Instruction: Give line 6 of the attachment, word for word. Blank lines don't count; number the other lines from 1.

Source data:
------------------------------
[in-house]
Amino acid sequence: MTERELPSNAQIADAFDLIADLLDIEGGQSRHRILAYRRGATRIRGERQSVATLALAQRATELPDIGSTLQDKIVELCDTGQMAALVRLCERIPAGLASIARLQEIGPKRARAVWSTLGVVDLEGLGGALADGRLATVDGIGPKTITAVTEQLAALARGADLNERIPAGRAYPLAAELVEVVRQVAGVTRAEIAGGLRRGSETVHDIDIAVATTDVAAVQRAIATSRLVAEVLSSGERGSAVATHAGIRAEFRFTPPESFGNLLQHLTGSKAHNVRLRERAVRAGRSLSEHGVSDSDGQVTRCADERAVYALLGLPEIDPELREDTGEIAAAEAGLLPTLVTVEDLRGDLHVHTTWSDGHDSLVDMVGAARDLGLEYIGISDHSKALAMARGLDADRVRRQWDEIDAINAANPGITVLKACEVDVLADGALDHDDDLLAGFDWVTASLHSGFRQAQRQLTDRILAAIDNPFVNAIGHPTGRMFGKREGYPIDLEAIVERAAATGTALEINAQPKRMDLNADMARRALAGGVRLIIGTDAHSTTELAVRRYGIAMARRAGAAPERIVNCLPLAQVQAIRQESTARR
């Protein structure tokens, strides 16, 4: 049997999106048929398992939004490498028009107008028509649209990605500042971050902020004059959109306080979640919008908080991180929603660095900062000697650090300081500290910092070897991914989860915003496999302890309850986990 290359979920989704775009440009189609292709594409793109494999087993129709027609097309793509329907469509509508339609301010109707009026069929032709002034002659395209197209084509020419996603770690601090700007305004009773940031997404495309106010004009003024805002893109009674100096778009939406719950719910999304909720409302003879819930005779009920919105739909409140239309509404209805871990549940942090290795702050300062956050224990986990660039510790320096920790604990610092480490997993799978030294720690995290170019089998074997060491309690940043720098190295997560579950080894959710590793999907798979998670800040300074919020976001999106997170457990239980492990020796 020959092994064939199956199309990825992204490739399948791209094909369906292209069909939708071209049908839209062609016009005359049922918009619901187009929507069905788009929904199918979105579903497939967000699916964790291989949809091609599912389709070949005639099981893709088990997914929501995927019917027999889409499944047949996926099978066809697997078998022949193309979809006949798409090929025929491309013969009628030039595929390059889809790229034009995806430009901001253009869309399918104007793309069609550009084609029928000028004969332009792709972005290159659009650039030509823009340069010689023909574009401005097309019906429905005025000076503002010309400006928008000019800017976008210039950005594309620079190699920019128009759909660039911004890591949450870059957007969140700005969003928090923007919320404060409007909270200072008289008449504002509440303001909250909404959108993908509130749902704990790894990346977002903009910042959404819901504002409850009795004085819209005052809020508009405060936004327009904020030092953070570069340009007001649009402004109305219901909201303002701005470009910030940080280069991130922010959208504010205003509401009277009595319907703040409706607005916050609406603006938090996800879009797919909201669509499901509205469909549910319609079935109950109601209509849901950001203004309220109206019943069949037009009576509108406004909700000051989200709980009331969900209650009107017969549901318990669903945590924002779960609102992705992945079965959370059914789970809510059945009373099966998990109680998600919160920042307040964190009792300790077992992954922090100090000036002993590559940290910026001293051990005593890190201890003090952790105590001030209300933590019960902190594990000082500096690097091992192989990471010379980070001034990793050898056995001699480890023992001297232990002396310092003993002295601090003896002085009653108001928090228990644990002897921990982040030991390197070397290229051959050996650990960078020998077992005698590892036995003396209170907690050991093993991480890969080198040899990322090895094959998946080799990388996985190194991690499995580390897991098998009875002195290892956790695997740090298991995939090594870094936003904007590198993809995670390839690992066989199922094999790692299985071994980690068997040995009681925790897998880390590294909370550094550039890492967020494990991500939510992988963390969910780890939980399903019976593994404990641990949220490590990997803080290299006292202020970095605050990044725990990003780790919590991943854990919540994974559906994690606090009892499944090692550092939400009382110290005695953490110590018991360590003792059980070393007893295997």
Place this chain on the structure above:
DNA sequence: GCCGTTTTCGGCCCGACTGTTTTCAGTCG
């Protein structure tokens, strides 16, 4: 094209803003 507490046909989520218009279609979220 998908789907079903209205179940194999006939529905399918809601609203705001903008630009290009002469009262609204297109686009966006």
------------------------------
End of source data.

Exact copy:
């Protein structure tokens, strides 16, 4: 094209803003 507490046909989520218009279609979220 998908789907079903209205179940194999006939529905399918809601609203705001903008630009290009002469009262609204297109686009966006």